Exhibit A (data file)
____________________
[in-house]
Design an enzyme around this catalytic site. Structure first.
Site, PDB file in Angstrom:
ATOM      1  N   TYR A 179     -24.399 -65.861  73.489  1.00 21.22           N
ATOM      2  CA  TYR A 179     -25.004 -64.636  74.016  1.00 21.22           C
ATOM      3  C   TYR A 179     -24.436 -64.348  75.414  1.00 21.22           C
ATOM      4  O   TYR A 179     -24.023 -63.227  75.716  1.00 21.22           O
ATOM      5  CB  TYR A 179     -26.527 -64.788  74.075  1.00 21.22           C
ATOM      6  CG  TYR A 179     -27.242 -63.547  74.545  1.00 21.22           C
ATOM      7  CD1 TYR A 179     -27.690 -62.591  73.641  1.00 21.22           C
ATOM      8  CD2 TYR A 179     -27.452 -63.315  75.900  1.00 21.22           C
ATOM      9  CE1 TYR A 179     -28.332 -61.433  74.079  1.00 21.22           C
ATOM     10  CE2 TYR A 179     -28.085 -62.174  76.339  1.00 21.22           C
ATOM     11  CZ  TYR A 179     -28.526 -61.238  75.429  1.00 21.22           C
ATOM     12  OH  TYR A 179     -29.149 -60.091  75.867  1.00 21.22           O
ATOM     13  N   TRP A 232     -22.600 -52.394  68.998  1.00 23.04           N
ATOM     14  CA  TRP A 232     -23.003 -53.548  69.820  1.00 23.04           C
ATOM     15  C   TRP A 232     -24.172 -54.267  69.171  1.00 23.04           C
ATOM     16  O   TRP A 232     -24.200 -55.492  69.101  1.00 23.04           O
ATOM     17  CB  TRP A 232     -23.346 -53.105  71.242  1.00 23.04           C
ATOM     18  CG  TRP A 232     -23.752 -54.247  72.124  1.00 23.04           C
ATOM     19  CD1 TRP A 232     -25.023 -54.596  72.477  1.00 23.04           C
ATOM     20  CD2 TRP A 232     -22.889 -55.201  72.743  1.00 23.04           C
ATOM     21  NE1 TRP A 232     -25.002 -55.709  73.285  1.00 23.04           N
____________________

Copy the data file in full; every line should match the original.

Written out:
[in-house]
Design an enzyme around this catalytic site. Structure first.
Site, PDB file in Angstrom:
ATOM      1  N   TYR A 179     -24.399 -65.861  73.489  1.00 21.22           N
ATOM      2  CA  TYR A 179     -25.004 -64.636  74.016  1.00 21.22           C
ATOM      3  C   TYR A 179     -24.436 -64.348  75.414  1.00 21.22           C
ATOM      4  O   TYR A 179     -24.023 -63.227  75.716  1.00 21.22           O
ATOM      5  CB  TYR A 179     -26.527 -64.788  74.075  1.00 21.22           C
ATOM      6  CG  TYR A 179     -27.242 -63.547  74.545  1.00 21.22           C
ATOM      7  CD1 TYR A 179     -27.690 -62.591  73.641  1.00 21.22           C
ATOM      8  CD2 TYR A 179     -27.452 -63.315  75.900  1.00 21.22           C
ATOM      9  CE1 TYR A 179     -28.332 -61.433  74.079  1.00 21.22           C
ATOM     10  CE2 TYR A 179     -28.085 -62.174  76.339  1.00 21.22           C
ATOM     11  CZ  TYR A 179     -28.526 -61.238  75.429  1.00 21.22           C
ATOM     12  OH  TYR A 179     -29.149 -60.091  75.867  1.00 21.22           O
ATOM     13  N   TRP A 232     -22.600 -52.394  68.998  1.00 23.04           N
ATOM     14  CA  TRP A 232     -23.003 -53.548  69.820  1.00 23.04           C
ATOM     15  C   TRP A 232     -24.172 -54.267  69.171  1.00 23.04           C
ATOM     16  O   TRP A 232     -24.200 -55.492  69.101  1.00 23.04           O
ATOM     17  CB  TRP A 232     -23.346 -53.105  71.242  1.00 23.04           C
ATOM     18  CG  TRP A 232     -23.752 -54.247  72.124  1.00 23.04           C
ATOM     19  CD1 TRP A 232     -25.023 -54.596  72.477  1.00 23.04           C
ATOM     20  CD2 TRP A 232     -22.889 -55.201  72.743  1.00 23.04           C
ATOM     21  NE1 TRP A 232     -25.002 -55.709  73.285  1.00 23.04           N